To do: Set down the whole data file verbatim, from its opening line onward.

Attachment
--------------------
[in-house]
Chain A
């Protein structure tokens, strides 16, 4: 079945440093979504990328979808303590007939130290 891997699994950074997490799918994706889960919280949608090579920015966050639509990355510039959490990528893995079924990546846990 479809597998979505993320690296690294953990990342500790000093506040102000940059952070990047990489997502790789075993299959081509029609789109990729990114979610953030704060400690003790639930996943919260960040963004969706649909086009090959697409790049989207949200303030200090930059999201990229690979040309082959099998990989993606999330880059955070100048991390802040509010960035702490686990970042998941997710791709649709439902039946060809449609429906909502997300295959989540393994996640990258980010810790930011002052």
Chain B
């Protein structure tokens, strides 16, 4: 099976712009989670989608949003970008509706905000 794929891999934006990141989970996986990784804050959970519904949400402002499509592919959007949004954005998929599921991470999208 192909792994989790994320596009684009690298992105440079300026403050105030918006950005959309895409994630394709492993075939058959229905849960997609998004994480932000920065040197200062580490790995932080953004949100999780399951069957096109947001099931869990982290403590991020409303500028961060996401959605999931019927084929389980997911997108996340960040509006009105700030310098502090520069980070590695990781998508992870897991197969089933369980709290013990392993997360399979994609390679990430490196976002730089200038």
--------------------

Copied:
[in-house]
Chain A
């Protein structure tokens, strides 16, 4: 079945440093979504990328979808303590007939130290 891997699994950074997490799918994706889960919280949608090579920015966050639509990355510039959490990528893995079924990546846990 479809597998979505993320690296690294953990990342500790000093506040102000940059952070990047990489997502790789075993299959081509029609789109990729990114979610953030704060400690003790639930996943919260960040963004969706649909086009090959697409790049989207949200303030200090930059999201990229690979040309082959099998990989993606999330880059955070100048991390802040509010960035702490686990970042998941997710791709649709439902039946060809449609429906909502997300295959989540393994996640990258980010810790930011002052």
Chain B
């Protein structure tokens, strides 16, 4: 099976712009989670989608949003970008509706905000 794929891999934006990141989970996986990784804050959970519904949400402002499509592919959007949004954005998929599921991470999208 192909792994989790994320596009684009690298992105440079300026403050105030918006950005959309895409994630394709492993075939058959229905849960997609998004994480932000920065040197200062580490790995932080953004949100999780399951069957096109947001099931869990982290403590991020409303500028961060996401959605999931019927084929389980997911997108996340960040509006009105700030310098502090520069980070590695990781998508992870897991197969089933369980709290013990392993997360399979994609390679990430490196976002730089200038």